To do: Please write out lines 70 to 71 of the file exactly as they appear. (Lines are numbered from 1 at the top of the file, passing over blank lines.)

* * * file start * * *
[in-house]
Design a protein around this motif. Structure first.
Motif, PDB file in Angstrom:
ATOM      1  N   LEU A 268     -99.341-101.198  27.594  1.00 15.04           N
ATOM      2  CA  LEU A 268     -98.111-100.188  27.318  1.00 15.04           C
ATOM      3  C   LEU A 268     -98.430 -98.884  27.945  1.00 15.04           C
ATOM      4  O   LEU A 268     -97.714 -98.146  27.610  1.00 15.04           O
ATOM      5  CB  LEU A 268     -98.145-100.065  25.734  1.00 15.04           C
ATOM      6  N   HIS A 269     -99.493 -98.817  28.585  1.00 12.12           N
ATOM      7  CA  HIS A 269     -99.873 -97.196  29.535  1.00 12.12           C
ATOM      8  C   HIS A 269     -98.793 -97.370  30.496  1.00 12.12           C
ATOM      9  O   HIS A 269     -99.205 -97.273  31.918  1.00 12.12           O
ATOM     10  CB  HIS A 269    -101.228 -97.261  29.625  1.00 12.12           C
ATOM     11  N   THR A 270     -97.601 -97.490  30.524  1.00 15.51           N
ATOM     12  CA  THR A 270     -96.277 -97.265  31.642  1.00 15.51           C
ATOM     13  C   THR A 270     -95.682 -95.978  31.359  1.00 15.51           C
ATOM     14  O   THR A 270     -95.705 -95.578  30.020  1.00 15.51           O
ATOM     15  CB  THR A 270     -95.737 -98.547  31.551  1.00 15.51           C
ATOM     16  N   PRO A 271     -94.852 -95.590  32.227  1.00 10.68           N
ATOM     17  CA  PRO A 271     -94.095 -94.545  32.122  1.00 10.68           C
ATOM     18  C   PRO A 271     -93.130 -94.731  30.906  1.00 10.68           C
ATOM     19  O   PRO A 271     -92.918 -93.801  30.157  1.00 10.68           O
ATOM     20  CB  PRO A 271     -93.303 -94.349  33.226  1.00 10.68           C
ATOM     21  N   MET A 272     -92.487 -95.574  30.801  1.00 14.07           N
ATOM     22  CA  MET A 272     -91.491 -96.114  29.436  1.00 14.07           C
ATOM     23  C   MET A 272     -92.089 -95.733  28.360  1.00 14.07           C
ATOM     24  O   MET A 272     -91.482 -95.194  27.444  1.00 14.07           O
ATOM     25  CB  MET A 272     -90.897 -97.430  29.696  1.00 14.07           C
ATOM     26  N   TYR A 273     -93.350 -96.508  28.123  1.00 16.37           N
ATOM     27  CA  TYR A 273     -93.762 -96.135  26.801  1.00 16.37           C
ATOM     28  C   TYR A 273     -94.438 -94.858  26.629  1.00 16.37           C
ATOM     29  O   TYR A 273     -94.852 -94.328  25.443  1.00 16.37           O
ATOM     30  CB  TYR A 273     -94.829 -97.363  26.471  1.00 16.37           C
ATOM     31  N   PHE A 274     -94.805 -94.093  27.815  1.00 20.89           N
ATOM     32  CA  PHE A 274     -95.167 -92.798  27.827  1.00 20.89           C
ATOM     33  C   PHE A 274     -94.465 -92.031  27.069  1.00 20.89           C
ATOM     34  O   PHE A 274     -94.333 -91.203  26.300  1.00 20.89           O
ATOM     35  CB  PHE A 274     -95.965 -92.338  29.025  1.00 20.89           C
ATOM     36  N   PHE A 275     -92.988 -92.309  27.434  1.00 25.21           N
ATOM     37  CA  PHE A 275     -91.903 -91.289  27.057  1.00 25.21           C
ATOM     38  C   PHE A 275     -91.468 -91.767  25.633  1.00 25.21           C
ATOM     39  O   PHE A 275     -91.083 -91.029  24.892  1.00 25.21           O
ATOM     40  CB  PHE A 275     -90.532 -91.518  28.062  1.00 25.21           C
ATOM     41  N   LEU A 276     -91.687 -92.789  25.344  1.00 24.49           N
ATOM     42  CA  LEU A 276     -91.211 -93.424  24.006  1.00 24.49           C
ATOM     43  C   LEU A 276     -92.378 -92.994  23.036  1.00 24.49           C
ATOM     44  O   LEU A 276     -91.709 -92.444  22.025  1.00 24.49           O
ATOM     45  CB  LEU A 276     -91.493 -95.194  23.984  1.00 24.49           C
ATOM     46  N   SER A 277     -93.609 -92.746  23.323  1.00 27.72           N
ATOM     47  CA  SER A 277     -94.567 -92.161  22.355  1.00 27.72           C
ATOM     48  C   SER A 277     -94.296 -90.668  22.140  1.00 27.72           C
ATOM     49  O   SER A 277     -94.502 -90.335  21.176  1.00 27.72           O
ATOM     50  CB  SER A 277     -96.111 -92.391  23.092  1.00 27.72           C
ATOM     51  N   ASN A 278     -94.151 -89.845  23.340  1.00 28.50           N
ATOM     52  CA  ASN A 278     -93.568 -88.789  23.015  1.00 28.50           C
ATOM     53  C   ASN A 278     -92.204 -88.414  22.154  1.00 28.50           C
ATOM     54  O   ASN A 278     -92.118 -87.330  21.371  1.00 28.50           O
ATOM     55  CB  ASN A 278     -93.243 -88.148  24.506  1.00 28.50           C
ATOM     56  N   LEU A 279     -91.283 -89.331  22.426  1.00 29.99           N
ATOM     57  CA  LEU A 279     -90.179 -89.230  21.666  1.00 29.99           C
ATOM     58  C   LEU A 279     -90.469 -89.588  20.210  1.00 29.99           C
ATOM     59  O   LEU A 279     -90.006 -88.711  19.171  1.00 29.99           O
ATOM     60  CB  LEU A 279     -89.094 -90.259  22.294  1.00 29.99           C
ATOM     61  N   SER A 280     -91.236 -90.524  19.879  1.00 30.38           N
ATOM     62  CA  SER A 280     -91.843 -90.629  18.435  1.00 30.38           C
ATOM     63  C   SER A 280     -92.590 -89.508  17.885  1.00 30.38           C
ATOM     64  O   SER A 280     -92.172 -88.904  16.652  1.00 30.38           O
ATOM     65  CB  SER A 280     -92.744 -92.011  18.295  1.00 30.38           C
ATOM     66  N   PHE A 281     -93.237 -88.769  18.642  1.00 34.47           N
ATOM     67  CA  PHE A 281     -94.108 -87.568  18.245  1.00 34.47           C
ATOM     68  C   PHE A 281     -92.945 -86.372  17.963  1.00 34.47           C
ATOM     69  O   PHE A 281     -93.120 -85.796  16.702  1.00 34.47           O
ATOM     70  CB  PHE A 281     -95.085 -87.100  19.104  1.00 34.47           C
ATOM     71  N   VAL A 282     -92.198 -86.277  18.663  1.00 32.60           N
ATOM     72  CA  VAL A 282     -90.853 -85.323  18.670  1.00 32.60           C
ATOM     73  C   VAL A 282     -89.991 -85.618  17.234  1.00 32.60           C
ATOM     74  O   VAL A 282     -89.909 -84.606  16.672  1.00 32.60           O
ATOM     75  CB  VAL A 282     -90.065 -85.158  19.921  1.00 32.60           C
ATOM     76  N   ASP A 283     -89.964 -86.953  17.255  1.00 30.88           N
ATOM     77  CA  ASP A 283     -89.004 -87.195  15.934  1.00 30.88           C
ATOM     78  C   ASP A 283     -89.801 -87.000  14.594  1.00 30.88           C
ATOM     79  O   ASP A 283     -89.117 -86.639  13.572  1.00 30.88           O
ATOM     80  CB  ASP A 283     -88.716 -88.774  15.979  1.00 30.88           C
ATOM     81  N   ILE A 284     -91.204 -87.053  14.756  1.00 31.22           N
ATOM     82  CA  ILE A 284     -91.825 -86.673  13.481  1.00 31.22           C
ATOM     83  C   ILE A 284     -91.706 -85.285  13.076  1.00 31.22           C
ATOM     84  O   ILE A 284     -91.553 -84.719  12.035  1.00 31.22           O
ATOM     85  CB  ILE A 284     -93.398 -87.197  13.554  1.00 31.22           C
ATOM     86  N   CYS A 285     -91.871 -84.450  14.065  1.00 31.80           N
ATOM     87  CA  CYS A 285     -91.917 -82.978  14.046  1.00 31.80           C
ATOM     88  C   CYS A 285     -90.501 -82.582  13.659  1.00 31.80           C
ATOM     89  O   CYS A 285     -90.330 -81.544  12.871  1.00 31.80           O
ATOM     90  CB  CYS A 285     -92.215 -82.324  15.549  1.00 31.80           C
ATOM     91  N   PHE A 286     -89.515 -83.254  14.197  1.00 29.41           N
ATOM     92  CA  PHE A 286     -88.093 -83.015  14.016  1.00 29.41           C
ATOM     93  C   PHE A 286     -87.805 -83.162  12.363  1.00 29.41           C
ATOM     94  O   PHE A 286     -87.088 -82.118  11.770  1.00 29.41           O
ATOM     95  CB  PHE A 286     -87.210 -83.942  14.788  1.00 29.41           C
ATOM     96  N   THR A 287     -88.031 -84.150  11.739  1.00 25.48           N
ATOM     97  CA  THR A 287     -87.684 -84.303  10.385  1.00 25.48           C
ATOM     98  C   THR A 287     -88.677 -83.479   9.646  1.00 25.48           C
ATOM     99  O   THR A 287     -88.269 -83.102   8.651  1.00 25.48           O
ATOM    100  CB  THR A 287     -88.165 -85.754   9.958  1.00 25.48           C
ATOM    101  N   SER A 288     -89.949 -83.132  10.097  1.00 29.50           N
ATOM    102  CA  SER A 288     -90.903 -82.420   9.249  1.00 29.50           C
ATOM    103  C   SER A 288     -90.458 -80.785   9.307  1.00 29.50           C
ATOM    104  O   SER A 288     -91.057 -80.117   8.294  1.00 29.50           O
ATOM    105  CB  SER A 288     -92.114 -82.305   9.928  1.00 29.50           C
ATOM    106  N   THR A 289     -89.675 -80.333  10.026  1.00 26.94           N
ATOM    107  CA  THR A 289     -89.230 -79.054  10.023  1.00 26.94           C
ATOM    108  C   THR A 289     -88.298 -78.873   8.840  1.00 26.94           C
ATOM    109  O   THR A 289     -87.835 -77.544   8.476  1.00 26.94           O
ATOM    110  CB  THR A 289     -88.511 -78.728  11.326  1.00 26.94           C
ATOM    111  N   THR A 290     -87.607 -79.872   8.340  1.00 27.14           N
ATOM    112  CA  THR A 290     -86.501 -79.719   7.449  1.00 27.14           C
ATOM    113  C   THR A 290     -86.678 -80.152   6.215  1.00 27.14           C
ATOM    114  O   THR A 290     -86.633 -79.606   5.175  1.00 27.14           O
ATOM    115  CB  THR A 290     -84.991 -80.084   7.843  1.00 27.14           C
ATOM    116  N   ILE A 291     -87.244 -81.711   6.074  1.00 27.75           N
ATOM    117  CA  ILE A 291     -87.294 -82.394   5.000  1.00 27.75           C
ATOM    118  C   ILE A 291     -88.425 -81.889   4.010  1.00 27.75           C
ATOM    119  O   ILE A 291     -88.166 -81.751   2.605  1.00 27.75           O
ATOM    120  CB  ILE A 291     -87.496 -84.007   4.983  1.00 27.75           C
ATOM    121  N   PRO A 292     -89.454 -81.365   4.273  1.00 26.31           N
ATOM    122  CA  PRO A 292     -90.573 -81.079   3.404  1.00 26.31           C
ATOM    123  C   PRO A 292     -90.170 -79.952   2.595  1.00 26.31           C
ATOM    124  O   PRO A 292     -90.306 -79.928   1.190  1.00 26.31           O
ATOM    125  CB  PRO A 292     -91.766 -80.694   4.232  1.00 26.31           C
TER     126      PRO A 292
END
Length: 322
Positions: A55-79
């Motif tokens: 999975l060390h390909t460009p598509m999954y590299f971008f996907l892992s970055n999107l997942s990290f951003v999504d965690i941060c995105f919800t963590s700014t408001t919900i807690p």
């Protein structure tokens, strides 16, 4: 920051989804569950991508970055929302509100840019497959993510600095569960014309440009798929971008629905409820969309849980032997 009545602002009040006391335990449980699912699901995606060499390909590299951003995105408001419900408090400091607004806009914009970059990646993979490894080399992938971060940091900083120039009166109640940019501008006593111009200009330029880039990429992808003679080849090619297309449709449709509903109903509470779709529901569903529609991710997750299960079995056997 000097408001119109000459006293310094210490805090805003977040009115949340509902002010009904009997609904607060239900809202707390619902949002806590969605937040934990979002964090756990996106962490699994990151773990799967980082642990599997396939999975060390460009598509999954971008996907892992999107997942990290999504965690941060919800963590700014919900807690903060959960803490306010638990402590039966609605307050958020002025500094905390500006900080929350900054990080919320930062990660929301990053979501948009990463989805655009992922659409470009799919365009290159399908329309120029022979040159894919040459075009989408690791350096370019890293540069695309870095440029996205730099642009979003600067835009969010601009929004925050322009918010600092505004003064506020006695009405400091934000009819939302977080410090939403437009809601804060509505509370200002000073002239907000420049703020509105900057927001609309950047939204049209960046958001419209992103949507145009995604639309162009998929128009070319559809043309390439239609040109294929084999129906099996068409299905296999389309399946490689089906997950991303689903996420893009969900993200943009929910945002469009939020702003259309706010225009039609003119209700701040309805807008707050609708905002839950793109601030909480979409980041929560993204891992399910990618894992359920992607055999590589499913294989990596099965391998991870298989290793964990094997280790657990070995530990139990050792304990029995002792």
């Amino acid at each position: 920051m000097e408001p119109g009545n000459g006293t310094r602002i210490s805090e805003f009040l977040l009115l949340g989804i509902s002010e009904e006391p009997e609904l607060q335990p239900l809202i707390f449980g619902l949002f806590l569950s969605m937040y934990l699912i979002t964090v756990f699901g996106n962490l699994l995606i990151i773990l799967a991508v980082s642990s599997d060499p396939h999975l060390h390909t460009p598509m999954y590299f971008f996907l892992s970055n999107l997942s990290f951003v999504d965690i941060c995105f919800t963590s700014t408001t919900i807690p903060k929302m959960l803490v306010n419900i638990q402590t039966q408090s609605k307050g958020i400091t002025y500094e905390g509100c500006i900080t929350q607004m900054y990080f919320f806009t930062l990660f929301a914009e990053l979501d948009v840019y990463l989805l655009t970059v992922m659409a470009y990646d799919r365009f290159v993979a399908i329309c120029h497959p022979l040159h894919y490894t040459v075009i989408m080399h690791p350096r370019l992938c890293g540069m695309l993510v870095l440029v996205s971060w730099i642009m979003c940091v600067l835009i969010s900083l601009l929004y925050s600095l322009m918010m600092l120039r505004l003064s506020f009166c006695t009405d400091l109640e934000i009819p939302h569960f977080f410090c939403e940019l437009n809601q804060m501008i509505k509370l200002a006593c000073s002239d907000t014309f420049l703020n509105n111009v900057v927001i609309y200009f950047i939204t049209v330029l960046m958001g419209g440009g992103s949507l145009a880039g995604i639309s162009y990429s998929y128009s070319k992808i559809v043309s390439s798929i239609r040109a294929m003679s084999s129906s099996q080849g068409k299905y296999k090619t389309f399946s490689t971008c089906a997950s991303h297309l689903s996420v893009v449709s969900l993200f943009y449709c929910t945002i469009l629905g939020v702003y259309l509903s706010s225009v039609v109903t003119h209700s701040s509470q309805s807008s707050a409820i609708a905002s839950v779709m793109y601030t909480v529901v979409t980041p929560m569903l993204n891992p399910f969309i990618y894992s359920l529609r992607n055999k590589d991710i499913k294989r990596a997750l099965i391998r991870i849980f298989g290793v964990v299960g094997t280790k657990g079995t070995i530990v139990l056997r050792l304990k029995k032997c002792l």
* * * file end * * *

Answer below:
ATOM     67  CA  PHE A 281     -94.108 -87.568  18.245  1.00 34.47           C
ATOM     68  C   PHE A 281     -92.945 -86.372  17.963  1.00 34.47           C